Vol 3 Section 0126

82                                                                           1897

I am glad to be remembered by our President; & glad he can find time for it, when his hands are so full & over-full. I am grateful to him for appointing Hay & Porter & Tower—they are a credit to him & to the country. I wish that kind of appointments would become the rule with our presidents.

I feel quite sure that in Cape Town 13 months ago I stood on a platform for the last time. Nothing but the Webster debts could persuade me to lecture again, & I have ceased to worry about those.

Sam recalled Vancouver in 1895 when he gave himself four years to pay the debts, thinking he would need two seasons in America, one in England and one around the world. He and Livy were satisfied that the debts will be paid a year earlier than planned. “I am a cheerful man these days.” He laid it all to “madam’s economical genius” [MTP]. Note: President William McKinley named the following to the diplomatic corps: John Hay (England), Horace Porter (France), and Charlemagne Tower (Hungary).

Sam presented an inscribed copy of HF to Miss Mathilde Grüter, the daughter of the Grüter family that had rented him the tiny room in the Villa Tannen: “To Miss Mathilde Grüter with kindest remembrances of /

Mark Twain, September 17th, 1897” [Locher 17: Hüppy 84].

September 18 Saturday – In Weggis, Switzerland Sam wrote to H.H. Rogers:

The Swiss vacation is ended & I am packing the trunks for Vienna. That is, I am superintending. …I leave all places with regret, & if there is ever to be an exception, this is not the one. We shall reach Salzburg next Wednesday 22d—no, a day or two later—& remain a week. We reach Vienna about Oct.1. Our address there for a few days will be c/o Thos. Cook & Son, while we hunt up a house to live in.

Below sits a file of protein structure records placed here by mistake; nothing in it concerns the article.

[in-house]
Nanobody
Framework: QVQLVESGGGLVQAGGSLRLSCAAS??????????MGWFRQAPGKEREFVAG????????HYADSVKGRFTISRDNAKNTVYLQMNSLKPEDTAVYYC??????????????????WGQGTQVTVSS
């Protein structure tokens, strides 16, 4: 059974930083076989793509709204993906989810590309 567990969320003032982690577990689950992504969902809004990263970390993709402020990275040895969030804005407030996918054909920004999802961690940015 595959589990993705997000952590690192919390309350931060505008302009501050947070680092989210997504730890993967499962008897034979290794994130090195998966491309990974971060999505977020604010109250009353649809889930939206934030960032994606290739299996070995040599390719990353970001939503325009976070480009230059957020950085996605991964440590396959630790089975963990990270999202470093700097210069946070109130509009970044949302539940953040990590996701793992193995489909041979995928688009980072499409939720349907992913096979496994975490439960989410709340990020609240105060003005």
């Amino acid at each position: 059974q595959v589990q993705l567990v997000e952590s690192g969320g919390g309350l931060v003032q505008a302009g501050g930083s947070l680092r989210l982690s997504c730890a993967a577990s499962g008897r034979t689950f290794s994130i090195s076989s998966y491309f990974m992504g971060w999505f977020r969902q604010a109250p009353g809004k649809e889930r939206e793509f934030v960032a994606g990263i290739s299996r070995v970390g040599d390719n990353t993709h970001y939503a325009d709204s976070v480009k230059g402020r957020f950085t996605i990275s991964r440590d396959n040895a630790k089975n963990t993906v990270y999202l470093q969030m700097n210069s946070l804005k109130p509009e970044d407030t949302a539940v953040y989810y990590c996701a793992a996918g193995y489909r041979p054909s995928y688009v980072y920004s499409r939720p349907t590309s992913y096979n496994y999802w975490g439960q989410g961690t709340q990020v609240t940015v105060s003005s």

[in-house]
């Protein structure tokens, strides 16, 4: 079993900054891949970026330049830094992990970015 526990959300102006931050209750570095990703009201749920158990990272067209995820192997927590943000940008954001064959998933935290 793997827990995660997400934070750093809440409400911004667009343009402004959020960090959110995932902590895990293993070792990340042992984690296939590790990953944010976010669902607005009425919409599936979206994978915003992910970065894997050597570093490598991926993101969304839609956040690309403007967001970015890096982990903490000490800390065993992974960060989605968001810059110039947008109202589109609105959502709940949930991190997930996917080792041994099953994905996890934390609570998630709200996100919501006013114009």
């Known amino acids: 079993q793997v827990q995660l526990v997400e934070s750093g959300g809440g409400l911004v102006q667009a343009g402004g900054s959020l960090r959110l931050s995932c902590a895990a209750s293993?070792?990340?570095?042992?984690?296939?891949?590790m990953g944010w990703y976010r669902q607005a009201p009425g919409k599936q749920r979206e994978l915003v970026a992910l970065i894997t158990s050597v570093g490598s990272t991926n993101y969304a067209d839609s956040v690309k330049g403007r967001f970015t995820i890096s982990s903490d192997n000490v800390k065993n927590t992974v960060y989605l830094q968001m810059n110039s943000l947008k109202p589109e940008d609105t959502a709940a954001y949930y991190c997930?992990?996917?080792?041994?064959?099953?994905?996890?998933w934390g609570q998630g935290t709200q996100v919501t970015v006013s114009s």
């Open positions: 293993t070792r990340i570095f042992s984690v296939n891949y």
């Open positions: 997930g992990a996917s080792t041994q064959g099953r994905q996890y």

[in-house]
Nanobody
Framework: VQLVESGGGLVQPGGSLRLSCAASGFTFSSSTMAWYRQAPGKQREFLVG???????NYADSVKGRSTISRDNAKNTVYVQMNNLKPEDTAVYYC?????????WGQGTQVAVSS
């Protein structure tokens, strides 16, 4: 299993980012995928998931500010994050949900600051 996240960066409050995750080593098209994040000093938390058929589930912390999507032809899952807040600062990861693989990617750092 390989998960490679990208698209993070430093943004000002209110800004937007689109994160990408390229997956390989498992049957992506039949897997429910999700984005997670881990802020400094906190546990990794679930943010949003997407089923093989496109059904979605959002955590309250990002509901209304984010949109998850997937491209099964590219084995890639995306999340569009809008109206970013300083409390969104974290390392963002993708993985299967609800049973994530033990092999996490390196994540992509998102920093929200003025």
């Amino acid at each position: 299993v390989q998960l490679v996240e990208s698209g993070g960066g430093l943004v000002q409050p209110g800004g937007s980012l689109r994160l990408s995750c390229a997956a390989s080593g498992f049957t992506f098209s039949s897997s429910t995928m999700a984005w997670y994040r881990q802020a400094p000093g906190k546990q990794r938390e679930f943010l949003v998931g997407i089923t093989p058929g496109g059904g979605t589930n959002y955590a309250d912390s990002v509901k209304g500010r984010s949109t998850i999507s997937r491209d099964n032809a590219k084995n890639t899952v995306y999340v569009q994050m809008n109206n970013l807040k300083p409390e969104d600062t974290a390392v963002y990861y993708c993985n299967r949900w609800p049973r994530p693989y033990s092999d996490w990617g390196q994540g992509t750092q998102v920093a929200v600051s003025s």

Sam wished that Dr. Clarence Rice had come to Weggis, wondering if he came to Switzerland with his family.

We should have been very glad of a night of them. I could not have offered any billiards, but German 9-pins are to be had. There is good exercise in it, but that is all. You can’t hit anything but the game-keeper. We have played, all these weeks.

Sam noted he’d only seen a newspaper three times in ten weeks, didn’t know what was going on in the world, but didn’t “seem any the worse for it.” He intended to “continue the deprivation” to see what the result would be. He also noted on Charles Langdon’s monthly statement that Bainbridge Colby charged him $800 “for something or other,” which he said was the “third or fourth similar robbery he has committed,” and still had not collected the money due from Daniel Frohman. “Colby is a bilk” [MTHHR

301-2]. Note: German 9-pins was an old European lawn game, from which many forms of later bowling descended.

Sam also wrote thanks to Robert Barr for a Thesaurus. Sam gave his Thos. Cook temporary address in Vienna and disclosed they would stop in Salzburg on the way, from Sept. 22 [MTP]. Note: See Feb. 10 and Aug. 7 entries for more on Barr.

September 19 Sunday – In Weggis, Switzerland Sam wrote to Robert Barr, editor of The Idler:

Dear Robert : / When I got back from the pier I took up A Woman Intervenes, to read until the family should be ready to go boating; but they were a little tardy, & by the time that Mrs. Clemens came for me I was past Chapter 7. If engagements are to be kept, they must be kept before Chapter 8; for after that point they will be violated. One is in the rush of the story, then, & cannot get ashore any more until the end. He is helpless. The fascinations of the tale are stronger than his promises & his principles. I read through to the end without stopping (& without skipping a line.) And yet my custom is to skip liberally. The style is what I have been talking about these several recent days: honest, simple, straight-forward, unostentatious, unruffled; barren of impertinences, & familiarities; dignified, refined, self-respectful, & respectful toward the reader; bright,

SLC used mourning border for most letters from Susy’s death on, then from Livy’s death on.